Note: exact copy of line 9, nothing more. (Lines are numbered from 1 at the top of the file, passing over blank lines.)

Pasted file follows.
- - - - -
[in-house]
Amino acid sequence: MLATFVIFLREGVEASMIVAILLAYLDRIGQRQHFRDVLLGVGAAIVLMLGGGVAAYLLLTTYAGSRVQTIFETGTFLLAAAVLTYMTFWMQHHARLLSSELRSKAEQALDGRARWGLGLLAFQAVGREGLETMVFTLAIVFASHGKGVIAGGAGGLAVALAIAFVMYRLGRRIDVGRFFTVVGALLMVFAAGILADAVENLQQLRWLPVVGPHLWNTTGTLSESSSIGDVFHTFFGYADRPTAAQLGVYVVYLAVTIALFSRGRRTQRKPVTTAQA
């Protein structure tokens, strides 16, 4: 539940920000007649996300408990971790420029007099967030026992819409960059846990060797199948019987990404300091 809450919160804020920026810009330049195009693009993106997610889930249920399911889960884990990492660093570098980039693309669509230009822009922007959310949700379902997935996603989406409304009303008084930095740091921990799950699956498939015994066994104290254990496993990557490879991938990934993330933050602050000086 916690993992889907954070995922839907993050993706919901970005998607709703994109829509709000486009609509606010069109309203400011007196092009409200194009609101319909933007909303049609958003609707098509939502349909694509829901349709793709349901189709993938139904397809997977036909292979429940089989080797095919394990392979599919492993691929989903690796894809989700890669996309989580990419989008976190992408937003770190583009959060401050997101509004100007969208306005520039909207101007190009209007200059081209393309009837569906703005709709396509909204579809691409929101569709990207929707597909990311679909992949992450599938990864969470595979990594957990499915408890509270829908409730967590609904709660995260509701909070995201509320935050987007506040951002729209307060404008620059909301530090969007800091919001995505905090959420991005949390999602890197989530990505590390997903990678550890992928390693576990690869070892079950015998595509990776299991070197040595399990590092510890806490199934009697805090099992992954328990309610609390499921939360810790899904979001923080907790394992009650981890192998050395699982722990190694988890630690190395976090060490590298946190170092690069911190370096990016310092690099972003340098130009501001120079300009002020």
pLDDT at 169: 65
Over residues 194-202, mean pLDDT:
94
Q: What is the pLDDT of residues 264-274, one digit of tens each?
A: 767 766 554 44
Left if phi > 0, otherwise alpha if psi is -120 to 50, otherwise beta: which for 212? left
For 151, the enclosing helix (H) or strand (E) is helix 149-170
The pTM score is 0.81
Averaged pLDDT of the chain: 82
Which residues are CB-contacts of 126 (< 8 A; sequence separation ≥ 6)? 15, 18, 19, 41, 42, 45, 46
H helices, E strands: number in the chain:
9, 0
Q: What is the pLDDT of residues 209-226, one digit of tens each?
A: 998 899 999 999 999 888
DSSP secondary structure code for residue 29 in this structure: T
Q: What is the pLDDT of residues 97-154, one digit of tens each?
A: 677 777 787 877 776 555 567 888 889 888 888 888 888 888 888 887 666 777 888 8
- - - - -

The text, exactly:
Left if phi > 0, otherwise alpha if psi is -120 to 50, otherwise beta: which for 212? left